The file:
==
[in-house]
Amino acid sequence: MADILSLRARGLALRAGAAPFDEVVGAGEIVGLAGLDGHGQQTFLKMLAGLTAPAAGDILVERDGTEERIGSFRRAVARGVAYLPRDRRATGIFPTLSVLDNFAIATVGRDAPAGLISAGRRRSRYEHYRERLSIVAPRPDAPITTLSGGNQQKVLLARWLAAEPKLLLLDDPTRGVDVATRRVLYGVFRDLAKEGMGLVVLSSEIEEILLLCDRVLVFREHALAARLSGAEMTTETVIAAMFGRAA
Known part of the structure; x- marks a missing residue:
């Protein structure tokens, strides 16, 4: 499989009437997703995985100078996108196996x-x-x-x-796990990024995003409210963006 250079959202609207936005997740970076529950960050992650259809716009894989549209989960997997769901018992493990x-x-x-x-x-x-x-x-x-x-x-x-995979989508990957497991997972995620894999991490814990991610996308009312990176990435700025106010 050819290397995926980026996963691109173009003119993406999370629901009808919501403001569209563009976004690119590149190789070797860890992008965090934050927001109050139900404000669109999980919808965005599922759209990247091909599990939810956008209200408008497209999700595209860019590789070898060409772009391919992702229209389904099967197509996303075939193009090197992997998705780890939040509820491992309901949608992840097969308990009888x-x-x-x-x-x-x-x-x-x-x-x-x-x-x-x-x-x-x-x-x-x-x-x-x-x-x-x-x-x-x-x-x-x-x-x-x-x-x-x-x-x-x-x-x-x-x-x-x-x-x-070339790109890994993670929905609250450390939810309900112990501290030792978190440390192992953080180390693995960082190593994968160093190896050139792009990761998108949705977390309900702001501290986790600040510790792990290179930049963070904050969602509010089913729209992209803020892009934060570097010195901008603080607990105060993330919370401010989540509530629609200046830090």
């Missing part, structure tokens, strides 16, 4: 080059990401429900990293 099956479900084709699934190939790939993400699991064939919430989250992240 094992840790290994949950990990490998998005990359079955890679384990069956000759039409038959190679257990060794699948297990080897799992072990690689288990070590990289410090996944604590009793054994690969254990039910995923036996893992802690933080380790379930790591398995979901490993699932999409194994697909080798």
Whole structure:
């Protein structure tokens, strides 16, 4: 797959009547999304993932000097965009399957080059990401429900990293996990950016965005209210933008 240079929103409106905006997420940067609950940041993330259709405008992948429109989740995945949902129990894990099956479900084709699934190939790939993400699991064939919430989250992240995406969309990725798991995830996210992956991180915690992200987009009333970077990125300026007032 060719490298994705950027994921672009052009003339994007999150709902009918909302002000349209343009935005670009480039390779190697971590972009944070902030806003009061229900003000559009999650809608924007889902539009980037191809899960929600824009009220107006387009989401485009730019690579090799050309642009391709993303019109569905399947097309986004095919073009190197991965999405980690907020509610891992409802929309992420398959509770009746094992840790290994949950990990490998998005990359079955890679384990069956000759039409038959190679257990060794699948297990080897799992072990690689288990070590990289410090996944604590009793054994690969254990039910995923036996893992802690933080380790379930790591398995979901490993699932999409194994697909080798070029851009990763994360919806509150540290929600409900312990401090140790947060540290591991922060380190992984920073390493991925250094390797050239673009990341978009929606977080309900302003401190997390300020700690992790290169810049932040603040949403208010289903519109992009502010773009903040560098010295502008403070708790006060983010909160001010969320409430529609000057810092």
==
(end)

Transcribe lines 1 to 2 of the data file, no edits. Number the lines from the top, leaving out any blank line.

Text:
[in-house]
Amino acid sequence: MADILSLRARGLALRAGAAPFDEVVGAGEIVGLAGLDGHGQQTFLKMLAGLTAPAAGDILVERDGTEERIGSFRRAVARGVAYLPRDRRATGIFPTLSVLDNFAIATVGRDAPAGLISAGRRRSRYEHYRERLSIVAPRPDAPITTLSGGNQQKVLLARWLAAEPKLLLLDDPTRGVDVATRRVLYGVFRDLAKEGMGLVVLSSEIEEILLLCDRVLVFREHALAARLSGAEMTTETVIAAMFGRAA